Have you ever heard of “The Interrogative Mood” by Padgett Powell? Did you know that every sentence in that book ends with a question? If I told you every sentence in this column ends with a question, would you stop reading? No? If I asked you to guess — without checking — how many unread…More
“We’re here to change habits, change lives,” James Norris told 100 people gathered on the first floor of Pioneer Square’s Impact Hub. “You guys are all part of a movement.” It was the kickoff to Spark Weekend Seattle, a first-of-its-kind, two-day event Feb. 1 and Feb. 8 that got my attention as soon as…More
It should have been no surprise that one week before the Seahawks play in the Super Bowl I found myself following my husband into the TV section of the Sony store. “Maybe we get one for a month and return it,” he said, gazing into one of the flat black rectangles showing “The Avengers” on…More
Joseph Sunga is a happier Seahawks fan this season. The eight-year-season ticket holder will watch his team battle for the NFC title Sunday in what might be the franchise’s best year ever. Nothing tops that. But there’s something else. This season, Sunga and many of the 68,000 fans who’ve packed CenturyLink Field could actually, reliably, finally use their…More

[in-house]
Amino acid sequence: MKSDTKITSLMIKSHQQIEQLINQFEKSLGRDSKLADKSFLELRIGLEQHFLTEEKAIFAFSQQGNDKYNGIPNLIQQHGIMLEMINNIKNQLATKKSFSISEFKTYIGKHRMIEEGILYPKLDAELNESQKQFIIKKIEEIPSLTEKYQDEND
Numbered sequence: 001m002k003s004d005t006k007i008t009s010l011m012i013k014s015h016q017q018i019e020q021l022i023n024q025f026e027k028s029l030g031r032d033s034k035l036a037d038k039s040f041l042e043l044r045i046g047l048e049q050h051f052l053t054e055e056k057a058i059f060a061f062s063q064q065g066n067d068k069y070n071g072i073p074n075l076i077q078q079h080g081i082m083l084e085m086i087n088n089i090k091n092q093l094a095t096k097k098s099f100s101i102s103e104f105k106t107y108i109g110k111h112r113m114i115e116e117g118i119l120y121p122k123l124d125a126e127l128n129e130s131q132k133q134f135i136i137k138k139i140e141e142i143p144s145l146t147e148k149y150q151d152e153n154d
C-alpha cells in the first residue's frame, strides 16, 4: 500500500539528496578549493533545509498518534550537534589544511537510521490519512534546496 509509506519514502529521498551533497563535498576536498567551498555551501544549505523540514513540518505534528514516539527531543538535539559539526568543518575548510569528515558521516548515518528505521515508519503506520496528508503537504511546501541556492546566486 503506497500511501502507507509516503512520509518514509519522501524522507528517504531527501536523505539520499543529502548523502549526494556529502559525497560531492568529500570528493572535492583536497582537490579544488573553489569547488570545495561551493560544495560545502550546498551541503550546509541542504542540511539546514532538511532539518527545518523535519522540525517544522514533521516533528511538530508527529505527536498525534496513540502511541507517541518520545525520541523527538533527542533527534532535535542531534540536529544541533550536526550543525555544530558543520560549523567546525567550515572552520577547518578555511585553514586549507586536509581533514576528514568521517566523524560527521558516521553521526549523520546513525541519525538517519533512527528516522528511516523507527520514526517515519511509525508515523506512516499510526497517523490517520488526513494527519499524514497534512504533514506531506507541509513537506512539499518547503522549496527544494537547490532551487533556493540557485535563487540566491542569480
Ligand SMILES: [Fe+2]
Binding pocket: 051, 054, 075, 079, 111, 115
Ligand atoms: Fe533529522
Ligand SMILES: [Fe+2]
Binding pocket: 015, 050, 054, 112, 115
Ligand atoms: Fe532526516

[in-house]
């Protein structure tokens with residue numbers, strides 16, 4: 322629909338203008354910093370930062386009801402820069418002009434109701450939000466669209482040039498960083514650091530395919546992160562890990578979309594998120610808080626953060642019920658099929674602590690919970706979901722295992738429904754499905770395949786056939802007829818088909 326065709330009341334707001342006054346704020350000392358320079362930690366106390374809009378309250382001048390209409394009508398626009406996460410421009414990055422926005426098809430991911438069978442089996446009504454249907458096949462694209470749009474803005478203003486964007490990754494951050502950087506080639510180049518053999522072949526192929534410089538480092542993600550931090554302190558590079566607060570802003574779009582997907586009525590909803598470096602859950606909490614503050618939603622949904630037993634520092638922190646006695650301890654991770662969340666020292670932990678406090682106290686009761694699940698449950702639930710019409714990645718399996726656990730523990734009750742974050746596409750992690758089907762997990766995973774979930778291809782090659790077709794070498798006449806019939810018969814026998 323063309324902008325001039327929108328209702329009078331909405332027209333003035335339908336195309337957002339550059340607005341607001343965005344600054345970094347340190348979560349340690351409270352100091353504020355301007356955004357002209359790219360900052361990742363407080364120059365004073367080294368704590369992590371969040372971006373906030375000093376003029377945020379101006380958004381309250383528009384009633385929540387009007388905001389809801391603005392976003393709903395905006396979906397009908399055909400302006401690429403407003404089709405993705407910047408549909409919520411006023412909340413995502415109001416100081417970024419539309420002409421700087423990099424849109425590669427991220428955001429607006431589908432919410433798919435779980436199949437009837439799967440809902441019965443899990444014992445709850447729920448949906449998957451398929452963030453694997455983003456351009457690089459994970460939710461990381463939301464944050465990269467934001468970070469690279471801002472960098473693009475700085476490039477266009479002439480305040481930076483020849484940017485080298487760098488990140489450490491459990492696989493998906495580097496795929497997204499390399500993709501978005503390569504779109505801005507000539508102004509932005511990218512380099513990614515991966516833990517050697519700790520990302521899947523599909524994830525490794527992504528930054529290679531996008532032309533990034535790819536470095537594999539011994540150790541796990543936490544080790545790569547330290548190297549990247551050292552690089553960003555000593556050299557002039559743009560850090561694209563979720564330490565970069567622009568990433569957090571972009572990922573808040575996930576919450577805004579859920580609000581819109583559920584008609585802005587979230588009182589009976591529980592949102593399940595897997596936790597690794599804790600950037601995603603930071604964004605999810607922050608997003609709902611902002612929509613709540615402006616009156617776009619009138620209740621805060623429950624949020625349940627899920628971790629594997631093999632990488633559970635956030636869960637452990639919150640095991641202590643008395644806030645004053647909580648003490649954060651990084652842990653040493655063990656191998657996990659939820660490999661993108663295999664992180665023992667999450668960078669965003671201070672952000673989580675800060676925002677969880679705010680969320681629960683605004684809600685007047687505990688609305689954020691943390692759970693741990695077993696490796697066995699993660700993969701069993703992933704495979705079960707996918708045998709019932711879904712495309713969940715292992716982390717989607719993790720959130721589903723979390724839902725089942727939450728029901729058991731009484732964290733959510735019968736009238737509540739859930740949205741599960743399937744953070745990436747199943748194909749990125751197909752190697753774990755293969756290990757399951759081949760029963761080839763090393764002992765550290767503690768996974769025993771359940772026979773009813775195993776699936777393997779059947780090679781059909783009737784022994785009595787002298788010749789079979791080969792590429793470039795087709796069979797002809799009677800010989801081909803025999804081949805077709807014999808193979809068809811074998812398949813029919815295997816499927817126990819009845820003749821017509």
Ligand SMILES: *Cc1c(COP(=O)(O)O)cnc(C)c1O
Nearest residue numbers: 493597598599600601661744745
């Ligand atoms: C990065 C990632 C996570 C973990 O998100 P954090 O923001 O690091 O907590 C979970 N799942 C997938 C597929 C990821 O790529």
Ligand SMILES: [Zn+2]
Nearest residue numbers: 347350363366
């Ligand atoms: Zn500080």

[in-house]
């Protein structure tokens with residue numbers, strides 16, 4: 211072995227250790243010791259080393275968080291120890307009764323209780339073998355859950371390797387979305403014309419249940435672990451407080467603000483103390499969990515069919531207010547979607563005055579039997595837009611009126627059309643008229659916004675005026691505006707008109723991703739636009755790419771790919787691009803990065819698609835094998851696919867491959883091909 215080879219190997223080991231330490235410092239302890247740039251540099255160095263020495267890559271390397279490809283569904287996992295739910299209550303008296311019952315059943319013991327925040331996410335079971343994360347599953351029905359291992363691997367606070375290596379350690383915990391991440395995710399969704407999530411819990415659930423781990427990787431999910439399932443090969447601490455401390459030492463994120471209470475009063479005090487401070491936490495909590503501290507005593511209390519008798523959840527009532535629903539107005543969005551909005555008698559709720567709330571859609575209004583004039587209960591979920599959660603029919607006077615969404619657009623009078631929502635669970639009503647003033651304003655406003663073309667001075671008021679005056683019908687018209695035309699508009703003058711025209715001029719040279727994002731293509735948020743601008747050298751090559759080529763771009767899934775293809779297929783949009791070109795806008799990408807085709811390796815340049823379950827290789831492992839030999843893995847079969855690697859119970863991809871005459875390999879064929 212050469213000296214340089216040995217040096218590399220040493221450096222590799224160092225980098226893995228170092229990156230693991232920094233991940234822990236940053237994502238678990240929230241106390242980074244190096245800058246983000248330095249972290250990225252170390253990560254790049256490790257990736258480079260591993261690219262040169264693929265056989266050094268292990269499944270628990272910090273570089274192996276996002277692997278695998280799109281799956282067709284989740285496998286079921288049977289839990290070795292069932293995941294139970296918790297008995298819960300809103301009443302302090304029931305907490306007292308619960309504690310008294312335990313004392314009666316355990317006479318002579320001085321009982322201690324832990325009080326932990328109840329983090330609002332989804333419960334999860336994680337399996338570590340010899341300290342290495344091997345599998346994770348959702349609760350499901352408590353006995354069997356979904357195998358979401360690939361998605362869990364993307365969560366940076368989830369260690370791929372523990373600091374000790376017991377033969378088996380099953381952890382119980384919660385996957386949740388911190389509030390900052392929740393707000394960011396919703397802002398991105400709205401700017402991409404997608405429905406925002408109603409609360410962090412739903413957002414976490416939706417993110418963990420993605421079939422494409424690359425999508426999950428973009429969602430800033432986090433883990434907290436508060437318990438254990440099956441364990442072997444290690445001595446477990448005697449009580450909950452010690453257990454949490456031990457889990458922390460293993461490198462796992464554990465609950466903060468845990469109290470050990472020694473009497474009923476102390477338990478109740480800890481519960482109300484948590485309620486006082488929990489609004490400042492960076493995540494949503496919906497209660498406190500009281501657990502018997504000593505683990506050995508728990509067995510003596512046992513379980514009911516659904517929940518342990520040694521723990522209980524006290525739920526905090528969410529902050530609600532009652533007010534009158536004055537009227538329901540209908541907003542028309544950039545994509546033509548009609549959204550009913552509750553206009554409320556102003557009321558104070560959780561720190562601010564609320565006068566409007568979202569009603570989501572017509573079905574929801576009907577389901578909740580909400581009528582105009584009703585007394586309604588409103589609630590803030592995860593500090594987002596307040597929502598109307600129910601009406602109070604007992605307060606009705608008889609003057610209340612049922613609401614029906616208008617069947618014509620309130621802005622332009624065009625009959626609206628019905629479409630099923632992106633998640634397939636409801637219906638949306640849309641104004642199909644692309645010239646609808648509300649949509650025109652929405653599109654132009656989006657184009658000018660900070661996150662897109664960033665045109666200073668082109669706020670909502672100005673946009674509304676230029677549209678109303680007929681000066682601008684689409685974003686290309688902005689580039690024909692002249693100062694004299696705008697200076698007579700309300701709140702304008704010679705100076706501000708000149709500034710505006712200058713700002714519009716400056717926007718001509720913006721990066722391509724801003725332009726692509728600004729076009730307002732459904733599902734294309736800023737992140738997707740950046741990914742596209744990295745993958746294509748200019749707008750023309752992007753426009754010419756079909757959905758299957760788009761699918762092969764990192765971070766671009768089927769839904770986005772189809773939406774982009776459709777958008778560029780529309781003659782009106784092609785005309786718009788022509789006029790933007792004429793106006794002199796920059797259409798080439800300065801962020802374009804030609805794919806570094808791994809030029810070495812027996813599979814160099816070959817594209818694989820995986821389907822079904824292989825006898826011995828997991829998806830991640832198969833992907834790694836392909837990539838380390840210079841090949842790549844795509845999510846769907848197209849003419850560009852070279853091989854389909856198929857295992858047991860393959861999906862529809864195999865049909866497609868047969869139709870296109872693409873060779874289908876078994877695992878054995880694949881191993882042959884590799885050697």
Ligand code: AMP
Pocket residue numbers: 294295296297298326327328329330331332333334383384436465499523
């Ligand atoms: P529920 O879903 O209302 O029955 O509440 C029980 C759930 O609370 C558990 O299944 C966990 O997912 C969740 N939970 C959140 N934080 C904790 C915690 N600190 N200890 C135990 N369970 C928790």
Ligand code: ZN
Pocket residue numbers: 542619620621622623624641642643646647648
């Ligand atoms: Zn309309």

Inside new construction on the corner of Yale Avenue North and Republican Street, builders are busy.
Seattle entrepreneurs are sporting hard hats to tour three dusty floors of 500 Yale Ave. N., and the crews have fewer than three weeks to turn its skeleton of wood, glass and metal into the largest, most ambitious coworking space Seattle has seen.
When it opens Feb. 1, the WeWork space in South Lake Union will show how neighborly work habits have become.
The 55,000-square-foot space will fit more than 800 workers — 57 at long, shared tables on the first floor and the rest in glass-walled rooms housing from one person to 18.
But what will make this assembly of desks a “coworking” space won’t be proximity. it will be pingpong tables. Unplanned happy hours. Regular talks and mixers on the first floor. It will be the free coffee and free beer (yes, beer), the décor fit for some hip young magazine and, if activities at any of the 15 spaces the New York-based company currently operates spread, crazy things like Mario Kart tournaments.More
Well this is a first. Elliott Bay Book Company has put up small signs around its store to remind people not to showroom — as many local stores are doing to stave off the threat of online retail — and it’s linked to my column on the controversial consumer habit to do it. Seattle…More
If you’re African-American, you’re more likely to be on Instagram. If you’re a woman, you’re more likely to be on Pinterest. And if you’re older — believe it or not — you’re way more likely to have a profile on LinkedIn. A new survey of online adults from the ever illuminating Pew Internet and…More
Tech never stops. As we near the end of 2013, I thought I’d give you an update on some of the stories and habits we talked about this year.